May 2019 Volume LIV Number 3


Ask the Policy Center

September 2016 Volume LI Number 5

The Challenges of Parental Presence in Treatment

The parent who says, "I am coming back into treatment with my little Lisa, but let me finish this text first," can be a major headache for pedi- atric dentists and staff. More than ever, parents insist on staying with their children during dental treatment. Recent research shows the majority of parents prefer to remain with their children during the dental visit, not just for first visits or preventive care, but for fillings, crowns, extrac- tions, and sedation procedures. Only two in five parents say they would be comfortable with the dentist unilaterally deciding about their presence in treatment.1

In other findings, pediatric dentists indicate that their approach has shifted toward increased parental presence during both exam and treatment appointments, and that they expect further increases in parental presence in the future.2 With more parents expressing a desire to be present, and pediatric dentists expressing an increasing willingness to permit parent presence,3 the question becomes: How can your practice manage the presence of parents while still protecting productivity, patient privacy, and quality of care? Here are some tips for encouraging parents to stay in reception during certain procedures, helping parents promote a more successful visit if they accompany their children, and coping with parents who come armed with cell phones or cameras to "make a memory" of the appointment.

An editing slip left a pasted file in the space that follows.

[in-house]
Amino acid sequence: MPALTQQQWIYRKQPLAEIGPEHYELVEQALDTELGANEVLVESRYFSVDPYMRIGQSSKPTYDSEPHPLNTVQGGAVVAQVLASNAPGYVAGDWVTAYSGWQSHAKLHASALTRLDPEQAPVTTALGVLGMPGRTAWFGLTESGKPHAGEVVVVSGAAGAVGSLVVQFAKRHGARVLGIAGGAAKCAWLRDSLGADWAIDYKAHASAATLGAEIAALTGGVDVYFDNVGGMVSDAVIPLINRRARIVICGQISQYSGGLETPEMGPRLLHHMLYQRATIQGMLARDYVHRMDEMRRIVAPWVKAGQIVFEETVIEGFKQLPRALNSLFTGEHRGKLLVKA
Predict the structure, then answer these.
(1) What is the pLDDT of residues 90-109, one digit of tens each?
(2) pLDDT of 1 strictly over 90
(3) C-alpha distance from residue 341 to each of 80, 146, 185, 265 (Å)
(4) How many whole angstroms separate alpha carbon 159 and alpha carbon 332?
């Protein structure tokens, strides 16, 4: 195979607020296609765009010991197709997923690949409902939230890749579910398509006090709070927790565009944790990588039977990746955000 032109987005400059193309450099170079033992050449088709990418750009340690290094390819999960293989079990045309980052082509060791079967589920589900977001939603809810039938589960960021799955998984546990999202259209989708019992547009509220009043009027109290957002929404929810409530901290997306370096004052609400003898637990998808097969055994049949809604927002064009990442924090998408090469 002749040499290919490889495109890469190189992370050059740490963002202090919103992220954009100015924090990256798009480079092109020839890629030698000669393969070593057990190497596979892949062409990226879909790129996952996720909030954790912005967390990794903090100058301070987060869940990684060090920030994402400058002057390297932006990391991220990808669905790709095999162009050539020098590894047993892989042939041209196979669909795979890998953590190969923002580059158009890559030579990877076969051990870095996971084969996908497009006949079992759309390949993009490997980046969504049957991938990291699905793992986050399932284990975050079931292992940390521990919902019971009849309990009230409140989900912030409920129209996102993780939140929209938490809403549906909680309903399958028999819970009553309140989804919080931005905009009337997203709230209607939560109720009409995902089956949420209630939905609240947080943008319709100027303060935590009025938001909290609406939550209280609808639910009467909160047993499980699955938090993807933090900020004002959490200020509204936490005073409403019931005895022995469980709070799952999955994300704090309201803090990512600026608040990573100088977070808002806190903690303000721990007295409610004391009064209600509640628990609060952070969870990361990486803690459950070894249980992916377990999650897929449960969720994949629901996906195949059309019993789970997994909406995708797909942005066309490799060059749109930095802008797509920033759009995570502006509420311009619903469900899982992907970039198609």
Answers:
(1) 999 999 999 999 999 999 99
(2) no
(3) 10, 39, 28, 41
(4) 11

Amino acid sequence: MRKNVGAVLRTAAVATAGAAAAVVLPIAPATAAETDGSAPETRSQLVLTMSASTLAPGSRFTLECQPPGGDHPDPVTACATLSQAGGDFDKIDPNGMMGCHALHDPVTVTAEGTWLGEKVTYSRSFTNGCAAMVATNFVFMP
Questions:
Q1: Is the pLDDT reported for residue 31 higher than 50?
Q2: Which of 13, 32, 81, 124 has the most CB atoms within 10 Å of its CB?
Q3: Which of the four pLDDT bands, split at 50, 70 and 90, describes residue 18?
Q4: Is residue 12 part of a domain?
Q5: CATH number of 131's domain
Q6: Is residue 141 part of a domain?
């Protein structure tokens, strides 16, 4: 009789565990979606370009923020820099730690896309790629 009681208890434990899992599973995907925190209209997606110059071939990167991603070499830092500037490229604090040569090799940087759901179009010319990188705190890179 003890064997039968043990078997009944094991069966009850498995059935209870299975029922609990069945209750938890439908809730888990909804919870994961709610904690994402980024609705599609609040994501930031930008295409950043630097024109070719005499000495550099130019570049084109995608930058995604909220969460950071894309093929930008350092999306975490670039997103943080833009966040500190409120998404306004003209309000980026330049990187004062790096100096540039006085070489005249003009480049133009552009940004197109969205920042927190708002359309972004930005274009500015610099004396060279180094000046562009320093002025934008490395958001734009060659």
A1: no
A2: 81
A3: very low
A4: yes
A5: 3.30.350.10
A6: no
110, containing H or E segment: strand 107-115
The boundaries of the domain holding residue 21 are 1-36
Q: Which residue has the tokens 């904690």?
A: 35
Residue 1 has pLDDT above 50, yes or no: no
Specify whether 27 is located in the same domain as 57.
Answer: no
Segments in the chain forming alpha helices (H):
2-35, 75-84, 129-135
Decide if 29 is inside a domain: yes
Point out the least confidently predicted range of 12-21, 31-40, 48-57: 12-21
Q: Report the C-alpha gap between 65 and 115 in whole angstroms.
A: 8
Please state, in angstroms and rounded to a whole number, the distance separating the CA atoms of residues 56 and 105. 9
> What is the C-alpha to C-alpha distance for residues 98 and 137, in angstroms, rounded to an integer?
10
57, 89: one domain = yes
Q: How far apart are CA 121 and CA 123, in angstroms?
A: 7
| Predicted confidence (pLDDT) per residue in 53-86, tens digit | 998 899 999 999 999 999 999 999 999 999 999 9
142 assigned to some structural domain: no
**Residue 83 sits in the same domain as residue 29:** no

Encouraging Parents to Spend More Time in Reception

Rather than saying "Our office policy is to ask parents to stay in the waiting room," or "Children behave better when their parents are absent," here are some positive messages to encourage parents to relax in reception.

• If we work with your daughter Isabelle directly, we focus more on her and make it her special time. We build a positive relation- ship with her right away, and help her feel comfortable and confident about dental treatment.

• Children come first in our office! We invite children to come back to treatment on their own so we can devote full attention to them during the dental appointment. I will tell you all about how well Nathan did right after the visit.

• Allow us to get Chloe settled, then feel free to come back and check on her as often as you like.

• We find when a child is in an unfamiliar setting, they look to the parent for rescue. If they are not rescued, they become upset with the parent, and then with us. We wouldn’t want to see than happen with you and Andy.

• Children know their parents very well. They are quick to be- come concerned at even the slightest amount of tension you may show during the visit. That’s why we find many children have a smoother experience when they come back on their own.

Helping Parents Promote a Successful Visit

In a number of cases, having parents present can be an advantage, especially in new patient exams, emergency visits, and treating very young and special needs patients. Here are tips on helping parents help you, your staff, and their child have a more successful visit.

• Provide parent education materials in advance on how to pre- pare their child for a dental visit.

• Keep parents busy. Offer a tour of the office or ask them to review materials during the visit.

• Put the parent’s chair out of the child’s line of sight and as far away from the action as possible.